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What is a bad dog?


Oft-filed bill puts heat on pit bulls



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Jose Vega, right, takes a break with his pit bull Honey while friend Mike Garrido looks on. Gus Steeves. (click for larger version)
July 13, 2009
SOUTHBRIDGE — Pit bulls have the reputation of being attackers, seemingly reinforced last week when one of the dogs bit Officer Michael Sullivan. They seem to get more publicity and spark more fear than most breeds and insurers even require owners to get extra coverage for them.

But do they deserve such a reputation?

Animal Control Officer [ACO] Kathy Shields doesn't think so. For two years, she's owned one named Fiona.

"What matters is how they're brought up. It's case by case, not breed by breed," she said, adding that mistreatment by the owner is usually the cause of any dog's aggression.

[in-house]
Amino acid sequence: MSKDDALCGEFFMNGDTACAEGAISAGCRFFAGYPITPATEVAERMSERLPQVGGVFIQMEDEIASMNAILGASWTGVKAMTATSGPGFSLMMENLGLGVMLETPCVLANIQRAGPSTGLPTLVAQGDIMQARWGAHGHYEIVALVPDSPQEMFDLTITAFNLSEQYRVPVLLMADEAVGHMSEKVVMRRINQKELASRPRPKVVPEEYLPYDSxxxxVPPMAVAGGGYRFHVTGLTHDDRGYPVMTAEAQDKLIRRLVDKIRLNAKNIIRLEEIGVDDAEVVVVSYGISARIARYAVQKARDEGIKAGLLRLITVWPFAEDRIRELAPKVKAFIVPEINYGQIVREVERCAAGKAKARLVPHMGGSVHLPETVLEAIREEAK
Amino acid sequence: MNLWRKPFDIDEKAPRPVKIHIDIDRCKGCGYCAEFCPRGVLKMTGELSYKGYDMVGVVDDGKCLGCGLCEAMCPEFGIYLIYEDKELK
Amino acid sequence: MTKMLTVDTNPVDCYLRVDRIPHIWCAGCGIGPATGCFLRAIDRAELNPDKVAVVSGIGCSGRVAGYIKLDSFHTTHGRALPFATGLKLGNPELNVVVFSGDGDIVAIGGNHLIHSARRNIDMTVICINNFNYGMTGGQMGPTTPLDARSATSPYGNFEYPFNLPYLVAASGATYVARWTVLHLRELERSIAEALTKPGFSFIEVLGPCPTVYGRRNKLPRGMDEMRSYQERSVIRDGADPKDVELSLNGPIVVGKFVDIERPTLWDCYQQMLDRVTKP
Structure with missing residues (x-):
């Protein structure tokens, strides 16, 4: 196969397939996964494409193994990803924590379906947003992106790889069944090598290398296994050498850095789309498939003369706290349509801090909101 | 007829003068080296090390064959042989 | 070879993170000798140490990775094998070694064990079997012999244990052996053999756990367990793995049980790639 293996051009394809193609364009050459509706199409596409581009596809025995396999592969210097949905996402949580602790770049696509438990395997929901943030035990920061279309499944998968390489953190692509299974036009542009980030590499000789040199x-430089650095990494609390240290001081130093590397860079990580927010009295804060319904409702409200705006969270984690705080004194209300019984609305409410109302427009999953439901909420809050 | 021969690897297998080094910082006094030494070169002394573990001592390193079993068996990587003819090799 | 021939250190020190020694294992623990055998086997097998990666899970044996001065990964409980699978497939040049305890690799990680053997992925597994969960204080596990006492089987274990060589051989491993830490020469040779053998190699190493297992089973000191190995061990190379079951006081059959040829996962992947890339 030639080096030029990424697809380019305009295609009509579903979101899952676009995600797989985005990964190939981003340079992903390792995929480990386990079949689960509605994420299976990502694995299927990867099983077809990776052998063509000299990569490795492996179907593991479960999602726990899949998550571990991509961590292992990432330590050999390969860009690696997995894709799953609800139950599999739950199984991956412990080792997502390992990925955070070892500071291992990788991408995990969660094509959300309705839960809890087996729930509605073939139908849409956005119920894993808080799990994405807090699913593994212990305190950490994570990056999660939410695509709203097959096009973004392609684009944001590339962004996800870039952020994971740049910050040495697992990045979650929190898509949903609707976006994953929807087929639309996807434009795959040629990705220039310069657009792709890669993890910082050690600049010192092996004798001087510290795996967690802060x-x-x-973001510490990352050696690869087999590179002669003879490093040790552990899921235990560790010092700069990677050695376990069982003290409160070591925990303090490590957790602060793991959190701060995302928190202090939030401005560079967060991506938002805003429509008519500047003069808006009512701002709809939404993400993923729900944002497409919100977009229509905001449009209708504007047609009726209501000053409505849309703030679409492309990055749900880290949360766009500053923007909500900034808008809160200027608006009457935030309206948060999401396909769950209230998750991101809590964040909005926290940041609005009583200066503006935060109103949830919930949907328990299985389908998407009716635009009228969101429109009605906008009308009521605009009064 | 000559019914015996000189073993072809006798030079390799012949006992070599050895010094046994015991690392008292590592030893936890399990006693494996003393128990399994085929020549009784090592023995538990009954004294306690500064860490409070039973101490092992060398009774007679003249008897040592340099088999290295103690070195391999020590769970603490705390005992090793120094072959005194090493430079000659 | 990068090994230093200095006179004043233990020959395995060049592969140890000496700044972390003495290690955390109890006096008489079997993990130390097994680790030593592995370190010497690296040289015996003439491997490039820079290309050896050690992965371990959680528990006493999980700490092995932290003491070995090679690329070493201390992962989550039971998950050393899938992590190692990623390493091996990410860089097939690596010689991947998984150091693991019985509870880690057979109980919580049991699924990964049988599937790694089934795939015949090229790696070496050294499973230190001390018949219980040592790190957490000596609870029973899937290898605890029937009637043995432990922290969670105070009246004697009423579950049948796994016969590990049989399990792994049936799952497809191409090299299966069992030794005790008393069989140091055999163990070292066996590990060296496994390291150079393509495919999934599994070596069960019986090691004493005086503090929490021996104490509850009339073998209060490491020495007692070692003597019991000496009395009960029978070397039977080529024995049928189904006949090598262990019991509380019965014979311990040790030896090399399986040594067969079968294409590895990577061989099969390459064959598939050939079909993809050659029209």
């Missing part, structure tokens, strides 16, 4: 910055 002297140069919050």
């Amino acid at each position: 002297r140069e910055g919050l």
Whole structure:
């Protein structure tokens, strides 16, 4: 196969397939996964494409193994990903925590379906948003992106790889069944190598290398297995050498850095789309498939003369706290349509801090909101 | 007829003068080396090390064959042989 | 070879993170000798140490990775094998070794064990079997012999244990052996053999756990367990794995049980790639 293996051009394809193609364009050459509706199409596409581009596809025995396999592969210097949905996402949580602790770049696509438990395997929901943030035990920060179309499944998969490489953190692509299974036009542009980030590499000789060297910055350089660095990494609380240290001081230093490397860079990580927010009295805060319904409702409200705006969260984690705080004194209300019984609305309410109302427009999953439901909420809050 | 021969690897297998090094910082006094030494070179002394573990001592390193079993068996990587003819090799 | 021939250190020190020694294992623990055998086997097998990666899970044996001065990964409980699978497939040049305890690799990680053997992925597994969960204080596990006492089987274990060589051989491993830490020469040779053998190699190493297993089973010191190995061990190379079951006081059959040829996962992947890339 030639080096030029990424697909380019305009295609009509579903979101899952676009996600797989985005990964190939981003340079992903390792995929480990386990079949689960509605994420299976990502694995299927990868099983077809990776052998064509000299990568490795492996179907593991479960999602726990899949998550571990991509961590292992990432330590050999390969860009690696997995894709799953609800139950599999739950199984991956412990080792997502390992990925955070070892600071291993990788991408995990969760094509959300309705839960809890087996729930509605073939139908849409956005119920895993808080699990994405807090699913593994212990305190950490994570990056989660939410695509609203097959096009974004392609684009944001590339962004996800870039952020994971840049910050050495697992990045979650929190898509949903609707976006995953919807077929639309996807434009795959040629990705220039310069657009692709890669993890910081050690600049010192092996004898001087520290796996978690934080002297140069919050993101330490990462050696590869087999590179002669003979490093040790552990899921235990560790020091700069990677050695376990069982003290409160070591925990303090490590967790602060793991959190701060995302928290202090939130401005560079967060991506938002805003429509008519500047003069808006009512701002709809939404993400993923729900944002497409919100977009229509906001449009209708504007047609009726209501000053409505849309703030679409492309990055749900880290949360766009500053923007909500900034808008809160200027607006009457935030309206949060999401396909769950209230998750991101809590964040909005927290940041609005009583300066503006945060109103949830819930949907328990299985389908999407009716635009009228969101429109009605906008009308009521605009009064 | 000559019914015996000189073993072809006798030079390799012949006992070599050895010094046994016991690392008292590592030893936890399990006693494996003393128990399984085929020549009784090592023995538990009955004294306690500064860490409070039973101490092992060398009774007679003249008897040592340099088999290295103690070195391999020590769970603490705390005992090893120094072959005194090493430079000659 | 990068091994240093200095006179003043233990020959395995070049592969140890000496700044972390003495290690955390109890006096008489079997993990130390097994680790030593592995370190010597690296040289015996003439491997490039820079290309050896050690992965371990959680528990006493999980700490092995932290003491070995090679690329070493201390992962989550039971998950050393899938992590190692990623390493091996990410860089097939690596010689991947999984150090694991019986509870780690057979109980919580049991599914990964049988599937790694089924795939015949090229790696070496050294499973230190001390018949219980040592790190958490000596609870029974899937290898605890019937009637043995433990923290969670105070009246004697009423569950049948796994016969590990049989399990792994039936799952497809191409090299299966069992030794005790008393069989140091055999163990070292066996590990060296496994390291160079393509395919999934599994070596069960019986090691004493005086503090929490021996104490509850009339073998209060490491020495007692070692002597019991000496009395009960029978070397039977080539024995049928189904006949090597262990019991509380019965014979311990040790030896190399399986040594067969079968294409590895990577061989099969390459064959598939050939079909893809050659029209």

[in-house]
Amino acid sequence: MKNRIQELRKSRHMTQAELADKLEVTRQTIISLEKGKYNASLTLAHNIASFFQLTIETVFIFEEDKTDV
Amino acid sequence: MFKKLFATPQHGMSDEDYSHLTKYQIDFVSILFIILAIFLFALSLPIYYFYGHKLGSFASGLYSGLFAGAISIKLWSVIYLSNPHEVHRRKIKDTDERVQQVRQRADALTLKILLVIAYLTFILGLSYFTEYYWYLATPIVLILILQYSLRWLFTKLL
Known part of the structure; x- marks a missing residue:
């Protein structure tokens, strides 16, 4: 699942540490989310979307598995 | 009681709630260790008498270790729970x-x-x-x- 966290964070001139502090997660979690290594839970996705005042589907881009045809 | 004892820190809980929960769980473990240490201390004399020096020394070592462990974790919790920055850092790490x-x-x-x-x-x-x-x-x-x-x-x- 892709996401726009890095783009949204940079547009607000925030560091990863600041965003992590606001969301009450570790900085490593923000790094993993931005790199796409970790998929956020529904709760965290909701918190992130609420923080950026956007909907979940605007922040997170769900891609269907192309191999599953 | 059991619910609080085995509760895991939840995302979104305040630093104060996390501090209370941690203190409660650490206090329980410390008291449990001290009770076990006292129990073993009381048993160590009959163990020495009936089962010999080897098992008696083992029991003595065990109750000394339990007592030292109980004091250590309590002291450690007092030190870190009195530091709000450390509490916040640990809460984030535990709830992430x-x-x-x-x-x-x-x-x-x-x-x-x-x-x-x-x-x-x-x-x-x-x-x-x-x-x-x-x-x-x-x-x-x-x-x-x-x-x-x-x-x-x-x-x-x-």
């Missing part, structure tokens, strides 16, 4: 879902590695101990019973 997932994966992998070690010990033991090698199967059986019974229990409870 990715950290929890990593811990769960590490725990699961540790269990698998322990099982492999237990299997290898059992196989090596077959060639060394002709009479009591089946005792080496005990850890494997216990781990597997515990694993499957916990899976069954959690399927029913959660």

Jose Vega, 18, agreed. Although his family has had Chihuahuas and cats for years, he got his first pit bull, Honey, last year.

"I love pits. People think they're vicious, but they're really friendly," he said while walking Honey on Cross Street. "Dogs, they smell fear. If somebody's afraid, they can smell it and that's what I think makes them aggressive."

But it's also controllable, he added. His mother was originally afraid of Honey "because she's big," but Vega stopped the dog every time she growled and as dog and woman got to know each other, things went well. Vega said he knows at least 20 people with pits; whenever one of their dogs has puppies, they get passed around the neighborhood upon weaning.

His friend, Mike Garrido, said he doesn't have one, but seeing them all "makes me want to get one."

"So far, every pit I've ever met hasn't tried to bite," he said. "If you don't show fear, and show them love, they're good."

Vega noted he does know people who have raised their pits to be aggressive.

"They'd keep their dogs in a cage because they knew anyone who came near would get attacked," he said. "If I'd trained [Honey] to be vicious, she wouldn't be around you."

Indeed, Honey let a complete stranger come up and pet her without any sign of aggression.